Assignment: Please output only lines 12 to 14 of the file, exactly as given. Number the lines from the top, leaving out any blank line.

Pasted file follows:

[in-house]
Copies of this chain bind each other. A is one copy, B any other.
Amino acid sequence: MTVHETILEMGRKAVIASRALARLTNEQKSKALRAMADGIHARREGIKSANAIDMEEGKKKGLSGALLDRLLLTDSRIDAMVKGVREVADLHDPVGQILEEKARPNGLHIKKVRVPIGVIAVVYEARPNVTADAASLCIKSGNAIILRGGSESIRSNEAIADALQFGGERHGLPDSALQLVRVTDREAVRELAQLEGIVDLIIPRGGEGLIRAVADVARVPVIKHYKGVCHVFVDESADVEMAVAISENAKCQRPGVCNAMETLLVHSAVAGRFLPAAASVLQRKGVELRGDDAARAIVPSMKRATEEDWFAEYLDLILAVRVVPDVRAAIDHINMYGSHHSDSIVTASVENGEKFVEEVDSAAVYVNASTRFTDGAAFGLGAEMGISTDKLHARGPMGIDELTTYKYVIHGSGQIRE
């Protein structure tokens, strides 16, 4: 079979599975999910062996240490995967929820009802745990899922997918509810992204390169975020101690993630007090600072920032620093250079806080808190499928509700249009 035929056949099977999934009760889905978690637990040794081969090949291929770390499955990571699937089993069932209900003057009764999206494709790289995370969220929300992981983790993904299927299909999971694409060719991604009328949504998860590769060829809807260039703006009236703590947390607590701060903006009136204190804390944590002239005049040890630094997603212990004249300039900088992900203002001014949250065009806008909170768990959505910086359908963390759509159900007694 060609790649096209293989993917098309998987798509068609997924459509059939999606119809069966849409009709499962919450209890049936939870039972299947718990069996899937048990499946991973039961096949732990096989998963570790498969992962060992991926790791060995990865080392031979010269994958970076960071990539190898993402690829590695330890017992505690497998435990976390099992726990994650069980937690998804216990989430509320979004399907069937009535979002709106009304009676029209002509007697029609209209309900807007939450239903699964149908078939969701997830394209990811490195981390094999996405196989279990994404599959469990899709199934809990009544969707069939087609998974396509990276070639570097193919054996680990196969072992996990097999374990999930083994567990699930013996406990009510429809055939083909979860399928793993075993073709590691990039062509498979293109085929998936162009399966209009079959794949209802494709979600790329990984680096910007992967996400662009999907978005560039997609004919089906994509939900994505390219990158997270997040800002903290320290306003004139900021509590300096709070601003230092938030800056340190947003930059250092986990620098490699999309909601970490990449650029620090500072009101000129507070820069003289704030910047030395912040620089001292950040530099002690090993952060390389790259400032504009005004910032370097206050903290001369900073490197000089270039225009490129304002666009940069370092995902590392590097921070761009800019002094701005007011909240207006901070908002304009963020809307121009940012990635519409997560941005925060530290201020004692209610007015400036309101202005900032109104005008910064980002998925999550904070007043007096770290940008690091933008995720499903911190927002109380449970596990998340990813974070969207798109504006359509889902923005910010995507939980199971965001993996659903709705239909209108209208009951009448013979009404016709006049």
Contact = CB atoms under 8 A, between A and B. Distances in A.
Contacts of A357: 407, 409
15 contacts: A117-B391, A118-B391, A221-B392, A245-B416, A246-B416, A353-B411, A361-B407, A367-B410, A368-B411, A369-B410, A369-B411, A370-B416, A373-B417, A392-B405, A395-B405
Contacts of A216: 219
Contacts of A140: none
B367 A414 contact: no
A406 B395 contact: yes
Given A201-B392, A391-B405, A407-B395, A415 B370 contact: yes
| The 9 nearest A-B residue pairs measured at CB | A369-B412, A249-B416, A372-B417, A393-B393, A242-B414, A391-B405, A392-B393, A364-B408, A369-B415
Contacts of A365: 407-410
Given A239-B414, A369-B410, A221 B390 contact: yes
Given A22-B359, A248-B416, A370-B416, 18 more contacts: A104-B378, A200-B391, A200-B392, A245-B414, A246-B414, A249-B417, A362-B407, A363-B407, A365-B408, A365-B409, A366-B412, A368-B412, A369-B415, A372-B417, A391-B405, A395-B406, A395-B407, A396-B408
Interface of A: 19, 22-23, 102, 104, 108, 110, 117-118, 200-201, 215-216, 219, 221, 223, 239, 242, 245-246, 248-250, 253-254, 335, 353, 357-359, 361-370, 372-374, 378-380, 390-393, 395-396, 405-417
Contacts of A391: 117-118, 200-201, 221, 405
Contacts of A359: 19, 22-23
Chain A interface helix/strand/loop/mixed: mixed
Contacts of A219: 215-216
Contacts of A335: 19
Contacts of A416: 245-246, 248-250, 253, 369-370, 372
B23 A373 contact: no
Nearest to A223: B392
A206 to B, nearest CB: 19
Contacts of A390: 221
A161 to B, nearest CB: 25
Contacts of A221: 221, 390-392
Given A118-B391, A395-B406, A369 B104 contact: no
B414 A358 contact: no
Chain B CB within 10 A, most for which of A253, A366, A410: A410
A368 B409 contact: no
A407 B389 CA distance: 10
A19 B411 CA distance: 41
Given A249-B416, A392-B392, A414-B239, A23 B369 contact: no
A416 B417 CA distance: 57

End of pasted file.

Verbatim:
Given A201-B392, A391-B405, A407-B395, A415 B370 contact: yes
| The 9 nearest A-B residue pairs measured at CB | A369-B412, A249-B416, A372-B417, A393-B393, A242-B414, A391-B405, A392-B393, A364-B408, A369-B415
Contacts of A365: 407-410